I Corinthians 11:23-28 is often misunderstood by people to be a license from Paul to observe the Passover as often as one wishes to do it. The phrase “as oft as you do it” is said by many to mean that Christians may take the bread and the wine as often as they choose! The proper explanation of these verses springs from verse 24. Notice that the Passover is a memorial, “a remembrance.” Memorials are observed on an annual basis. Verse 26 shows that this memorial refers to “the Lord’s death,” which occurred on the Passover (remember, Christ is our Passover [I Cor. 5:7]). In ancient Israel, the Passover was always kept once a year. Verse 28 shows that the Passover ceremony is preceded by careful self-examination—which could not logically be done every day or every week, even if a person did wish to do it this often.
I Corinthians 11:29 warns of Christians taking the Passover “unworthily.” And it can be taken improperly—or unworthily. Self-examination was tied to this warning (vs. 28), just as was the issue of when it was taken (vs. 23). Christians must properly discern the symbols that represent Christ’s sacrifice.
It should be clear by now that the New Testament Lord’s Supper is a direct continuation of the Old Testament Passover, except that different symbols, commemorating Jesus’ death, have replaced the slaying and eating of a young spring lamb. As we have seen, Christ is slain for us in place of a literal lamb. This ordinance should still be observed on the 14th of Abib. nowhere did god change this instruction! Recall that Christ readied His disciples for the Passover—“when the hour was come.” It was taken at the right time and on the right day. Certainly Christ never substituted this ceremony with the modern popular celebration of Easter. (Read our booklets The True Origin of Easter and Christ’s Resurrection Was Not on Sunday to learn more.)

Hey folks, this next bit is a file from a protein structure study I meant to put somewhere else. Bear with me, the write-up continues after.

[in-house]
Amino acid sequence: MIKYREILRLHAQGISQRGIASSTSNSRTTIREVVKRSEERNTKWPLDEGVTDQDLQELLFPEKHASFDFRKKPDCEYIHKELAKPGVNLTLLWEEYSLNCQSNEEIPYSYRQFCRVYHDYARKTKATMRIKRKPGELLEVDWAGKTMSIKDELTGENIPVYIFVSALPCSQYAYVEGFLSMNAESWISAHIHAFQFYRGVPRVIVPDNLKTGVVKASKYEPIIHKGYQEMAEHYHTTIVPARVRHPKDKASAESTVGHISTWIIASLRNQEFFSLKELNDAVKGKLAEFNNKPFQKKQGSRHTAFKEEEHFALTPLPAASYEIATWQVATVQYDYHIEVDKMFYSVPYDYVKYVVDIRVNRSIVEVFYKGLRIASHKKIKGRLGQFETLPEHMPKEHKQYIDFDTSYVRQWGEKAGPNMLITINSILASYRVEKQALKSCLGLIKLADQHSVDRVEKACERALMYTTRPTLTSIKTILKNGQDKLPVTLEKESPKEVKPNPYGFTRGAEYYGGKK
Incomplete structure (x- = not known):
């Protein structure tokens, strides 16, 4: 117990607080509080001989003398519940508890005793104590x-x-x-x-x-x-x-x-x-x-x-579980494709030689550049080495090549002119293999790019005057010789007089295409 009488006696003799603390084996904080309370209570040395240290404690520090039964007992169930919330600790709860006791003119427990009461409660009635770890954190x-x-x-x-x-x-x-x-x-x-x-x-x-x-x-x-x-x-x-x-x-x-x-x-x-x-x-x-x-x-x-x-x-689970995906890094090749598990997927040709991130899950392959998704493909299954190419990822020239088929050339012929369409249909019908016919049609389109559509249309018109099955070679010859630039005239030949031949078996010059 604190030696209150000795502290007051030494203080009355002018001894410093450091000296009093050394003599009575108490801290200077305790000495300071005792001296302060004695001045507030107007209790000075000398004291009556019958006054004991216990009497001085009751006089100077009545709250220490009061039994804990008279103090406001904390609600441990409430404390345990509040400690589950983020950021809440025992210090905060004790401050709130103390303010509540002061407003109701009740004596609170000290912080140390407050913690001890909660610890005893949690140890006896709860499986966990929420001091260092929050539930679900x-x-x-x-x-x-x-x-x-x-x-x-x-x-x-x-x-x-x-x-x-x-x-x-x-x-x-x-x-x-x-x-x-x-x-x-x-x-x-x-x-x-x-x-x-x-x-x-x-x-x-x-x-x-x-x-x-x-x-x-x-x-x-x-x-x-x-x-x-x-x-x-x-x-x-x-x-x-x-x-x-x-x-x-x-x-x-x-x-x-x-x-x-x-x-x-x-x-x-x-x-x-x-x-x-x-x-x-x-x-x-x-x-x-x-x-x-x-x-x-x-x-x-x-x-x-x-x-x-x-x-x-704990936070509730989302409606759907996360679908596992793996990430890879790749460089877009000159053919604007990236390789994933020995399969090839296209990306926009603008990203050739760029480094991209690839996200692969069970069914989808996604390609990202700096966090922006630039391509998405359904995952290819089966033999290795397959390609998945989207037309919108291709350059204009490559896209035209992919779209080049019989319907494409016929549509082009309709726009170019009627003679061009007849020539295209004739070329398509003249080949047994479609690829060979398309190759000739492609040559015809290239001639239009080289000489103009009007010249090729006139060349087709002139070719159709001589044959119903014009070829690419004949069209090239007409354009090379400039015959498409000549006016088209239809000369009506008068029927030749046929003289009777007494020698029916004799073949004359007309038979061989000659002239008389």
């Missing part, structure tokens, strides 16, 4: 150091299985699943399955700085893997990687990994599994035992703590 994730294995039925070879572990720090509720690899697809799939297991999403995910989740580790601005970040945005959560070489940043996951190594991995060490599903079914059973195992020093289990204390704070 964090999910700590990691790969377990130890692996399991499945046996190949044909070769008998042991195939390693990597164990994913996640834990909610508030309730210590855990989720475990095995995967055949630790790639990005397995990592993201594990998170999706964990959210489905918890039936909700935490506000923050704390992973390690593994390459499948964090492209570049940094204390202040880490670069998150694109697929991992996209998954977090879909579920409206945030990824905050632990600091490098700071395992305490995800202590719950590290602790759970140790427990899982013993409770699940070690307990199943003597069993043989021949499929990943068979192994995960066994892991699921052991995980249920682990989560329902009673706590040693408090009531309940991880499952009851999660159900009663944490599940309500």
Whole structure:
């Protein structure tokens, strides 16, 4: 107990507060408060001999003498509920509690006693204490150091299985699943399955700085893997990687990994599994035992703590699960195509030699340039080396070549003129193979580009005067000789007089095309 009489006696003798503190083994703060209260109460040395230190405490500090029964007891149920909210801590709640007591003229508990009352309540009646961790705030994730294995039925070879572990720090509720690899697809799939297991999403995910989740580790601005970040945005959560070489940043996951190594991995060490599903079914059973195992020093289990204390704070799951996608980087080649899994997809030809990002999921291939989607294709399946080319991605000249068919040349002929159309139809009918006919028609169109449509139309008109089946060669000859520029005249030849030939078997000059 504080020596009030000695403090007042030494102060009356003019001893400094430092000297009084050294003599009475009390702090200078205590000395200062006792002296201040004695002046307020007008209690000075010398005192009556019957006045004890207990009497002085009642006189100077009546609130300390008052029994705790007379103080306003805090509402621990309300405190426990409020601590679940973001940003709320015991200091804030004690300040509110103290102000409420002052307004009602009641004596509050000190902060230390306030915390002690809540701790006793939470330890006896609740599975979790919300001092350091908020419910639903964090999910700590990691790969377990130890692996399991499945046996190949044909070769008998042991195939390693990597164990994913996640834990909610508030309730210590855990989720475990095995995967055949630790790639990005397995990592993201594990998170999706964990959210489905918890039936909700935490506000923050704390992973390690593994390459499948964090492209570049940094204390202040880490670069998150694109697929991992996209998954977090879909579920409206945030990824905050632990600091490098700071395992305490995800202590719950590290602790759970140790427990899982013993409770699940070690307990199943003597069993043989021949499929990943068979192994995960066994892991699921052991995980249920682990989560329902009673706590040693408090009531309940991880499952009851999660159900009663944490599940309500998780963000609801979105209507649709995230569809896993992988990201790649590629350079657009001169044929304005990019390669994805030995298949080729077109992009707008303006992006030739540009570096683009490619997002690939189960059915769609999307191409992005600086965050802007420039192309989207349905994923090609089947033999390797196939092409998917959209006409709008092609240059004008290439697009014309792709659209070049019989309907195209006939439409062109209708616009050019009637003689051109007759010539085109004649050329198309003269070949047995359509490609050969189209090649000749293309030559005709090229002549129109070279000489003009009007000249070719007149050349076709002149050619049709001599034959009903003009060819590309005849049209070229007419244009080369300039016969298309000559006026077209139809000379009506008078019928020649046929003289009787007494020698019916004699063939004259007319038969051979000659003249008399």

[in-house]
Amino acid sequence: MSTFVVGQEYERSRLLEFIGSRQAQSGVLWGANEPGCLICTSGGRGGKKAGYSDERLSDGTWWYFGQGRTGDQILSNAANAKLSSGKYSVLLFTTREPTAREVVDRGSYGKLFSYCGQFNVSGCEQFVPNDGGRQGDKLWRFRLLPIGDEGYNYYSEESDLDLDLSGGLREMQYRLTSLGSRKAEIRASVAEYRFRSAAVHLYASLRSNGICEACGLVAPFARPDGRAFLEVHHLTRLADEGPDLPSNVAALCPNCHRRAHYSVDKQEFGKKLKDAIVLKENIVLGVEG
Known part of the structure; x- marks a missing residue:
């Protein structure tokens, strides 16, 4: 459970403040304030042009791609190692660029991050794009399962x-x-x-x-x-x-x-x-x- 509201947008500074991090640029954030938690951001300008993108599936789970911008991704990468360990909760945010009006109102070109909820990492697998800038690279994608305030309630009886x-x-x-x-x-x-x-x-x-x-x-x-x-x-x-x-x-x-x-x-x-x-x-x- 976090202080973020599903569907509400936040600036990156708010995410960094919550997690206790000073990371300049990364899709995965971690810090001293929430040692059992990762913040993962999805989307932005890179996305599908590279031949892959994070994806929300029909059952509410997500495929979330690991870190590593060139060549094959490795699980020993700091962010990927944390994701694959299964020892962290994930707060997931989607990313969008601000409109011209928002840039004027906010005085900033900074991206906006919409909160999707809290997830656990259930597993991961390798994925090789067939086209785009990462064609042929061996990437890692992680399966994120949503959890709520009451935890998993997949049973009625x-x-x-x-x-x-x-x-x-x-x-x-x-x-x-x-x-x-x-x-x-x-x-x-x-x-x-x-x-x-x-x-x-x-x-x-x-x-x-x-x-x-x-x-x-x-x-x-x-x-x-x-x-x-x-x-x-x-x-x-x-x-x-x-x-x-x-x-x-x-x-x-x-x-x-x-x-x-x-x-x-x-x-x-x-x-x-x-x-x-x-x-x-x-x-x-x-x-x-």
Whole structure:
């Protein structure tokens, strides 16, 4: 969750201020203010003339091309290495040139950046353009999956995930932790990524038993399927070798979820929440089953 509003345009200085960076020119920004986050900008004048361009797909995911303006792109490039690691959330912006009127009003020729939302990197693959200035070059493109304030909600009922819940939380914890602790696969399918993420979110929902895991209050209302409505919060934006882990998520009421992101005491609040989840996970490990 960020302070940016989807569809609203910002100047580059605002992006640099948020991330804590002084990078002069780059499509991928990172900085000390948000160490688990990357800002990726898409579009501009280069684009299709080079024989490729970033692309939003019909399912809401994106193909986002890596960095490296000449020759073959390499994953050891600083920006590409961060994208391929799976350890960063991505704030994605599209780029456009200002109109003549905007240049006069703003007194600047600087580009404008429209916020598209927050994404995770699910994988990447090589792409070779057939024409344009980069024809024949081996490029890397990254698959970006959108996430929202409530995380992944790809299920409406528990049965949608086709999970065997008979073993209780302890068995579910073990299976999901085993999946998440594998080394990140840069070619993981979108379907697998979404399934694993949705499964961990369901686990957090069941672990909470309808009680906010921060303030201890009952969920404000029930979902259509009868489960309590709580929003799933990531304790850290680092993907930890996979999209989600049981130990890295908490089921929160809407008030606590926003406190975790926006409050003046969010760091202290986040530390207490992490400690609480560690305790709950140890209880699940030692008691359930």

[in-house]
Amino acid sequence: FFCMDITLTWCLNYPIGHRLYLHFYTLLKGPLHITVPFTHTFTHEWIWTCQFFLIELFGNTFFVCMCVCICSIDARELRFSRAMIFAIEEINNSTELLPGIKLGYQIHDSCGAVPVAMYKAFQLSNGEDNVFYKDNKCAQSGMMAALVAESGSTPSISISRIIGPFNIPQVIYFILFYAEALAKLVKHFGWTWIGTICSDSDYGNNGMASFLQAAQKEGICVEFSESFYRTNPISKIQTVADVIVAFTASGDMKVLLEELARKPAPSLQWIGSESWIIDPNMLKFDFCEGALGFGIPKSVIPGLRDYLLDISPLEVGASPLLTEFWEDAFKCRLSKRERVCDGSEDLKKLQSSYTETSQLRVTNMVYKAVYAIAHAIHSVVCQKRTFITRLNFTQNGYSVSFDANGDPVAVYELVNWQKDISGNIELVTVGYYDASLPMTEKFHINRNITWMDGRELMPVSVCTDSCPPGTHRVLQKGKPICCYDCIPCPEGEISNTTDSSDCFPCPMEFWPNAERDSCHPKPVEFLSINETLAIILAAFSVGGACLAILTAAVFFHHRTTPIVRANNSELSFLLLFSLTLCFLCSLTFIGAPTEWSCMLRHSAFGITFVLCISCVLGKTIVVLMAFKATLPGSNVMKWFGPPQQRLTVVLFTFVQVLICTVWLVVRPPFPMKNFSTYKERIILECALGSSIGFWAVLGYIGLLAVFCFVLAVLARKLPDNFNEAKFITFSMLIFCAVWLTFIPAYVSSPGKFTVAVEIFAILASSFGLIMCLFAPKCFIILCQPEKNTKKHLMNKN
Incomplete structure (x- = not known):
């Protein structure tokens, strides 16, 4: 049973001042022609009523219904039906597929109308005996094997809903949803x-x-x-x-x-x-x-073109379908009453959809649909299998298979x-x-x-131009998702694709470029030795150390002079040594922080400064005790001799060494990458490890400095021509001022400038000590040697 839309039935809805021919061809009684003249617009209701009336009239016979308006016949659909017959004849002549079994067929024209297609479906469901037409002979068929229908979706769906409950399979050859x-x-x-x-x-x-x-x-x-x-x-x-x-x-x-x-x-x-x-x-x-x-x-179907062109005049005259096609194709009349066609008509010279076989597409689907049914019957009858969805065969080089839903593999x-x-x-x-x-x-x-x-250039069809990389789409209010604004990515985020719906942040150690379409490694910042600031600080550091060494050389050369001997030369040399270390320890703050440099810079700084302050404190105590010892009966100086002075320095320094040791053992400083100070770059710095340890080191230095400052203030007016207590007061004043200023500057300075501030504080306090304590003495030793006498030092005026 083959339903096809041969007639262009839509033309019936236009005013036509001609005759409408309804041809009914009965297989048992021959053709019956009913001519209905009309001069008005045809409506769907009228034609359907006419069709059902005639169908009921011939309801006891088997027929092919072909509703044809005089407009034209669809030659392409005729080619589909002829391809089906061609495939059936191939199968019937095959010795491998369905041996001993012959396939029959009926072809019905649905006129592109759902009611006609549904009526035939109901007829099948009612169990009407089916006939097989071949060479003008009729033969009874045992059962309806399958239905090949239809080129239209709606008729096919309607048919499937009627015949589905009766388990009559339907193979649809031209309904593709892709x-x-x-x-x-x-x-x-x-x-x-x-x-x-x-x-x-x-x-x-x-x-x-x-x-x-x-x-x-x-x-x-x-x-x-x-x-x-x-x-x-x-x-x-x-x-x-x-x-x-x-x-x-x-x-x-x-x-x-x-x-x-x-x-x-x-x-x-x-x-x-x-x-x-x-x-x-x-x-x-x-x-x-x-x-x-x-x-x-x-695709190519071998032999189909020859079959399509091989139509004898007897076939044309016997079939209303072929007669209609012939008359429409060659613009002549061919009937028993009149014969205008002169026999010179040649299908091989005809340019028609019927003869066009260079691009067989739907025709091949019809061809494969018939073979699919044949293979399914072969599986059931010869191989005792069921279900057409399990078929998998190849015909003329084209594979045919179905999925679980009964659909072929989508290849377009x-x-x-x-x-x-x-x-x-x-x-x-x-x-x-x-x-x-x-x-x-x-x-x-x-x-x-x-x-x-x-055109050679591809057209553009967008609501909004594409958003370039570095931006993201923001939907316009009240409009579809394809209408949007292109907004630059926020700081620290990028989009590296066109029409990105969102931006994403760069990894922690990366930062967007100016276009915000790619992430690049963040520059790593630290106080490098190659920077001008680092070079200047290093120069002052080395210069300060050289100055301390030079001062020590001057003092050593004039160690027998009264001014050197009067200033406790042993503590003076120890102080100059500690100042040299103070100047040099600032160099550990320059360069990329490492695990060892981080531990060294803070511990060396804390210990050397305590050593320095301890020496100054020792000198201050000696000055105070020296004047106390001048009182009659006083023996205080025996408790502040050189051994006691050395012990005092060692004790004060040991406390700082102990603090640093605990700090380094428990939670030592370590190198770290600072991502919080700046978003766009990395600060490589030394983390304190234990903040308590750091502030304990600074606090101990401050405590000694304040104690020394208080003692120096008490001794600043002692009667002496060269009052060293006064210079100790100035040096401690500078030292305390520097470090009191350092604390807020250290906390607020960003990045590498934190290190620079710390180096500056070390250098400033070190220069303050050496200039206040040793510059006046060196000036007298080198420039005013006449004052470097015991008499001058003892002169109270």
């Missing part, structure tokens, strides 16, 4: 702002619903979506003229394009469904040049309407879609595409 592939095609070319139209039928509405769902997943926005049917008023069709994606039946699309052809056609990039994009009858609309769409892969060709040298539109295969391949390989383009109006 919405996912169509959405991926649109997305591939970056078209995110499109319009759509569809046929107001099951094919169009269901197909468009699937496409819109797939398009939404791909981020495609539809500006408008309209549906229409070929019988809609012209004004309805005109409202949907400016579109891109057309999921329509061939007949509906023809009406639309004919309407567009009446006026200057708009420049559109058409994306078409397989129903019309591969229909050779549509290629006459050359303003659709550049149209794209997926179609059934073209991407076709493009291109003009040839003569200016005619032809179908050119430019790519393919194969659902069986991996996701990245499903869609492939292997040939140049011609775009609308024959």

Coming out of Egypt was a type of coming out of sin. The Passover memorialized God’s deliverance of Israel from sin. Christ’s sacrifice, through the New Testament ordinance of the bread and wine, does exactly the same thing for Christians today. Christ was seized, falsely accused and imprisoned, examined, tortured, beaten and crucified—to pay for and cover our sins—all in the following daylight portion of the exact same day of the month Abib! Scholars do not dispute this time sequence. Hence, this all occurred on the 14th of the month of Abib.